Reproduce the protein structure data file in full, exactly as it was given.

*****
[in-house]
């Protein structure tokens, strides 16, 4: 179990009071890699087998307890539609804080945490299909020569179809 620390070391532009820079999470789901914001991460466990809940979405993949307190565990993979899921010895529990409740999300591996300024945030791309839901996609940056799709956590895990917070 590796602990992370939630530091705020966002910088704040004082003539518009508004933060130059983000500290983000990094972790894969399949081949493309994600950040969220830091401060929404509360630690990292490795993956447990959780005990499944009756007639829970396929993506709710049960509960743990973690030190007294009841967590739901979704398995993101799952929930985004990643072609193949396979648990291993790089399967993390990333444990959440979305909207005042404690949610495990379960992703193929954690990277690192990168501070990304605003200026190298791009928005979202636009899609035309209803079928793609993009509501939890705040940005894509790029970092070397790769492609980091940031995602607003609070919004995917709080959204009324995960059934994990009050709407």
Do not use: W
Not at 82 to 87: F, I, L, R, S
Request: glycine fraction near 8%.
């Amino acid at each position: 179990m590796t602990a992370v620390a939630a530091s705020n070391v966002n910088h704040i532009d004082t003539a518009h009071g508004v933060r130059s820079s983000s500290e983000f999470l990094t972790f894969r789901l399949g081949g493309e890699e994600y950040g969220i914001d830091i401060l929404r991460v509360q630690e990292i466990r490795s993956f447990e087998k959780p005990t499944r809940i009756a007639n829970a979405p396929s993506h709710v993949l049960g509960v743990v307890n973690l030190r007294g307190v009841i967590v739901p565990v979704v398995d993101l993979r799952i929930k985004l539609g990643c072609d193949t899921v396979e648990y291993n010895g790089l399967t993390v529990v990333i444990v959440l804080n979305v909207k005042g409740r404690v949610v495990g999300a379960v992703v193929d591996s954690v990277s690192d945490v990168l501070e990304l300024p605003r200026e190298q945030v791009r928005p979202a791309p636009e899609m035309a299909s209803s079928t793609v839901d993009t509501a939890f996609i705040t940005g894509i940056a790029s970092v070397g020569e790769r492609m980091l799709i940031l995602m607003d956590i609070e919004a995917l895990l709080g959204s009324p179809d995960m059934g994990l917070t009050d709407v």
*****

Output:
[in-house]
């Protein structure tokens, strides 16, 4: 179990009071890699087998307890539609804080945490299909020569179809 620390070391532009820079999470789901914001991460466990809940979405993949307190565990993979899921010895529990409740999300591996300024945030791309839901996609940056799709956590895990917070 590796602990992370939630530091705020966002910088704040004082003539518009508004933060130059983000500290983000990094972790894969399949081949493309994600950040969220830091401060929404509360630690990292490795993956447990959780005990499944009756007639829970396929993506709710049960509960743990973690030190007294009841967590739901979704398995993101799952929930985004990643072609193949396979648990291993790089399967993390990333444990959440979305909207005042404690949610495990379960992703193929954690990277690192990168501070990304605003200026190298791009928005979202636009899609035309209803079928793609993009509501939890705040940005894509790029970092070397790769492609980091940031995602607003609070919004995917709080959204009324995960059934994990009050709407």
Do not use: W
Not at 82 to 87: F, I, L, R, S
Request: glycine fraction near 8%.
């Amino acid at each position: 179990m590796t602990a992370v620390a939630a530091s705020n070391v966002n910088h704040i532009d004082t003539a518009h009071g508004v933060r130059s820079s983000s500290e983000f999470l990094t972790f894969r789901l399949g081949g493309e890699e994600y950040g969220i914001d830091i401060l929404r991460v509360q630690e990292i466990r490795s993956f447990e087998k959780p005990t499944r809940i009756a007639n829970a979405p396929s993506h709710v993949l049960g509960v743990v307890n973690l030190r007294g307190v009841i967590v739901p565990v979704v398995d993101l993979r799952i929930k985004l539609g990643c072609d193949t899921v396979e648990y291993n010895g790089l399967t993390v529990v990333i444990v959440l804080n979305v909207k005042g409740r404690v949610v495990g999300a379960v992703v193929d591996s954690v990277s690192d945490v990168l501070e990304l300024p605003r200026e190298q945030v791009r928005p979202a791309p636009e899609m035309a299909s209803s079928t793609v839901d993009t509501a939890f996609i705040t940005g894509i940056a790029s970092v070397g020569e790769r492609m980091l799709i940031l995602m607003d956590i609070e919004a995917l895990l709080g959204s009324p179809d995960m059934g994990l917070t009050d709407v």